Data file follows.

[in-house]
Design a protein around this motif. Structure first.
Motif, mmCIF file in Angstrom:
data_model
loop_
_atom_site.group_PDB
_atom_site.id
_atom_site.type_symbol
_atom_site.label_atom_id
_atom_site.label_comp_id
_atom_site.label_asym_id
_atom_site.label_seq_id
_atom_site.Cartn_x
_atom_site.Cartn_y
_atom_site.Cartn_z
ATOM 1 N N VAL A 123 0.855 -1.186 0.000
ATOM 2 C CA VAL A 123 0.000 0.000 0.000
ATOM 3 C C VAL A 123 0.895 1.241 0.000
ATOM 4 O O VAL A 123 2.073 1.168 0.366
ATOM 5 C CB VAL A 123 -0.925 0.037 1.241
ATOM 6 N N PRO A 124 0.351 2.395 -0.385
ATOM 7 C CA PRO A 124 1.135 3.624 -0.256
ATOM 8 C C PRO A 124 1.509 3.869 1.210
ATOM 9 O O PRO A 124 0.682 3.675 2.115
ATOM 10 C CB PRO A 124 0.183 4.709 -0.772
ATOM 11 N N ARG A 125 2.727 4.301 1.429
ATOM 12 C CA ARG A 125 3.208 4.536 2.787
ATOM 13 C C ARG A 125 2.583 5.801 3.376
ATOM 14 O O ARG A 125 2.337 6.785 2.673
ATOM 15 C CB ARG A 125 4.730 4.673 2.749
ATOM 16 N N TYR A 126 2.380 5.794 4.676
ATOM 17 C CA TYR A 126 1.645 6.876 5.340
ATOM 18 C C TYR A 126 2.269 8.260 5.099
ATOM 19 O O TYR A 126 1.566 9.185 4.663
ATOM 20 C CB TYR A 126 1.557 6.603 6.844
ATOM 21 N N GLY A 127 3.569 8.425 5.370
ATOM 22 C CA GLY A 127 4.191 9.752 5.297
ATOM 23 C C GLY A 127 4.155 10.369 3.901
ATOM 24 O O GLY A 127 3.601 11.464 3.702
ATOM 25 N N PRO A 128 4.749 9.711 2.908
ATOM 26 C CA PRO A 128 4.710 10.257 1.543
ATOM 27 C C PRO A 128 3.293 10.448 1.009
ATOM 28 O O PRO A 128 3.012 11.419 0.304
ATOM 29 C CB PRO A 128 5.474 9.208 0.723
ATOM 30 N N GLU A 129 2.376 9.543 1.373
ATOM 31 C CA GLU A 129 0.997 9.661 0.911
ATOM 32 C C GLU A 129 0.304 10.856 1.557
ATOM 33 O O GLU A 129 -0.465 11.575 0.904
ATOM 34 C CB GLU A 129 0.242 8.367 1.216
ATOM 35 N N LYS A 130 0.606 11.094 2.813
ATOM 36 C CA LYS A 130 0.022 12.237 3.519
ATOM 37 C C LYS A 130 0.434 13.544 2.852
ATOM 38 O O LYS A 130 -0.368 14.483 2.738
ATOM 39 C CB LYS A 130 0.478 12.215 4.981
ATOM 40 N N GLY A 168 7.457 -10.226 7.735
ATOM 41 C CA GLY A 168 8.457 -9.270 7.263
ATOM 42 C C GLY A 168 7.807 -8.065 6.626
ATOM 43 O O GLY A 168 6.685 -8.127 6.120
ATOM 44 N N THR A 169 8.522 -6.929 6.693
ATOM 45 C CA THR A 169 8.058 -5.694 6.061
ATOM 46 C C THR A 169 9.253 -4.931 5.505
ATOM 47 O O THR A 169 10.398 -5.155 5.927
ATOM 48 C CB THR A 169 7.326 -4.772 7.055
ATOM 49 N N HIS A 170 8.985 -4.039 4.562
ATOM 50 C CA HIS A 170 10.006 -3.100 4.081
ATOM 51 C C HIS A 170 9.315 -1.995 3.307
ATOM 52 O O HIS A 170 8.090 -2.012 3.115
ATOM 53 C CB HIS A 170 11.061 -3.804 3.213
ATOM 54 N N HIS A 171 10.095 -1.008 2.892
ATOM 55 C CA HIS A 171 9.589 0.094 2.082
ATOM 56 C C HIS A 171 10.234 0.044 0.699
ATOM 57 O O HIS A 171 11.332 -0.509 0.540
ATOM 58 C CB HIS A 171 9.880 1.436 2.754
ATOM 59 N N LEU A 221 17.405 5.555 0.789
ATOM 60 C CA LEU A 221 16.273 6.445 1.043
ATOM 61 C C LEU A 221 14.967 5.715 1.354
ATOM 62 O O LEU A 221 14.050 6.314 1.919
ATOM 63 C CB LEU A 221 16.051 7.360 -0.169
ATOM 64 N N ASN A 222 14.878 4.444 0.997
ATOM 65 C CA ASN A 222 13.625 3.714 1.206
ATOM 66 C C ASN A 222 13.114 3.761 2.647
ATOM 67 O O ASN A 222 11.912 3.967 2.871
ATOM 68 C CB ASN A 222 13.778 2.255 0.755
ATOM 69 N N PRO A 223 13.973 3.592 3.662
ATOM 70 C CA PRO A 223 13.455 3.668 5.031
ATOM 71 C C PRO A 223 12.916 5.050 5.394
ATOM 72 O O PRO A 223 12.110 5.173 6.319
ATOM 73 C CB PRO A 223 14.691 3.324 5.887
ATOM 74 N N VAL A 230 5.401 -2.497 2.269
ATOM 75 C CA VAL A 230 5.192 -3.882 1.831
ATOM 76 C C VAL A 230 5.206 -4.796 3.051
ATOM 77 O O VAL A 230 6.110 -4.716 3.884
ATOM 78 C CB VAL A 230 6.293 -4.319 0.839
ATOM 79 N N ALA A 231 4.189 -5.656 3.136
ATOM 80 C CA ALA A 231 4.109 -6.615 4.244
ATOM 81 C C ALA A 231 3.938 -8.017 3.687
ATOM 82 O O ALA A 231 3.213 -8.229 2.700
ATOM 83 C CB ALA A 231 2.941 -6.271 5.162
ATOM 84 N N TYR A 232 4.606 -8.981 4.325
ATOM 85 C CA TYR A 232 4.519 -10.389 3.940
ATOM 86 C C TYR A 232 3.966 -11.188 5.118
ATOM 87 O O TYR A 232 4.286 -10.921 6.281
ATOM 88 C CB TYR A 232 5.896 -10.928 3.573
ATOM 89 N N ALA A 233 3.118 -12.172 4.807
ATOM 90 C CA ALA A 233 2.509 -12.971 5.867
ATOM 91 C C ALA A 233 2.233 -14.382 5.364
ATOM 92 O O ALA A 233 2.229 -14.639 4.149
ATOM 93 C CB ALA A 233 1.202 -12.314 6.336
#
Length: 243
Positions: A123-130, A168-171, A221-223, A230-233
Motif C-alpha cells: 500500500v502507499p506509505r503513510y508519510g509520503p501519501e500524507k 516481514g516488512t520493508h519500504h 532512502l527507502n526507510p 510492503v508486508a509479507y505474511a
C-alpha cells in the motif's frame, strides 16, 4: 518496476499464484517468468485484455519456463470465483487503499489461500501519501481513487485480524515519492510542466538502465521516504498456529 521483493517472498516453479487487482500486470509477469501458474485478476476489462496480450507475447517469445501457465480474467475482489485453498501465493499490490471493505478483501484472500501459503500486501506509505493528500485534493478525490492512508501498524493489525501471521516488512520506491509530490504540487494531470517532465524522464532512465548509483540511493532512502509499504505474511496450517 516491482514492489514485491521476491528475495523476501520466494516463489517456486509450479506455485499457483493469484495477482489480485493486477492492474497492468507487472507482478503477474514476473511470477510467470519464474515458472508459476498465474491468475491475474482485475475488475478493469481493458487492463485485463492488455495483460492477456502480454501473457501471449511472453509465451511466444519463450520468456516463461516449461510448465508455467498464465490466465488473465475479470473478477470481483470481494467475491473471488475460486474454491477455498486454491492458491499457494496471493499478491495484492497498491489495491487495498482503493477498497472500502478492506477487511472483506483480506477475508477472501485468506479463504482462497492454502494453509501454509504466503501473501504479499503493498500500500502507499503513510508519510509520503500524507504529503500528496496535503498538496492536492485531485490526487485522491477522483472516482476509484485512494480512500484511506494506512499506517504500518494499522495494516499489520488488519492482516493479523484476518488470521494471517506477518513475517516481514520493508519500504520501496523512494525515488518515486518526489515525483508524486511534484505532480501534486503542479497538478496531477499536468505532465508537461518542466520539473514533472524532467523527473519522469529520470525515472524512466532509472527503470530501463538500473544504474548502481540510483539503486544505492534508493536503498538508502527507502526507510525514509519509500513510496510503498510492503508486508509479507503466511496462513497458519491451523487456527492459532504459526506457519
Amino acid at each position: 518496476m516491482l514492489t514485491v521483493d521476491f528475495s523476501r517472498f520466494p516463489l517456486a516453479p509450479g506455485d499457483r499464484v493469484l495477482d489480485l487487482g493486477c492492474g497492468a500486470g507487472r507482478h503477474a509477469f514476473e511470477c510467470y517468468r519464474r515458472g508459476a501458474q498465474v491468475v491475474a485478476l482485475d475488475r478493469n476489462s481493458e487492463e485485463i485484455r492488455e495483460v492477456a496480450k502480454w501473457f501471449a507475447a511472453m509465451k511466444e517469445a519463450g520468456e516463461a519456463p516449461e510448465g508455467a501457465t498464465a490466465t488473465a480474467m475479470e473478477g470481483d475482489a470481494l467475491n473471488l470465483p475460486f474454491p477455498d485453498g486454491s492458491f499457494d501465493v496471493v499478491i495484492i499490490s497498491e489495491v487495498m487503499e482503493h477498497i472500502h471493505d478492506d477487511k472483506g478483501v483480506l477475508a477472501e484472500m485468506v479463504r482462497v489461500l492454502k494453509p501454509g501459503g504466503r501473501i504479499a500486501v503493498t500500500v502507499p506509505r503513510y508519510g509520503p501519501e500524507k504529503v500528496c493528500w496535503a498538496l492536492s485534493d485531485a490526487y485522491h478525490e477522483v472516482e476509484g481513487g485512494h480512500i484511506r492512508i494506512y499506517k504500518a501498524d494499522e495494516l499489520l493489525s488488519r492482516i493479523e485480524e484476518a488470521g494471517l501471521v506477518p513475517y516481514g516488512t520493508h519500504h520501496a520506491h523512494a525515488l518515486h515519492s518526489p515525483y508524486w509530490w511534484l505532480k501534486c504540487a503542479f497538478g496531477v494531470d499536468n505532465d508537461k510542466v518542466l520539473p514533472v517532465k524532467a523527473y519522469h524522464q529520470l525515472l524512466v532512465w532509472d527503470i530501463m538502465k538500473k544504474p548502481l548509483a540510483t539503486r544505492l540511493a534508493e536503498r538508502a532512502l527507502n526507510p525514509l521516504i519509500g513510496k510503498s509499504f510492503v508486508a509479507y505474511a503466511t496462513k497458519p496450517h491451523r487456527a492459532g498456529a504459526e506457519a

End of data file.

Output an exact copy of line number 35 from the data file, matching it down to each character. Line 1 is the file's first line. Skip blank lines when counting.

ATOM 20 C CB TYR A 126 1.557 6.603 6.844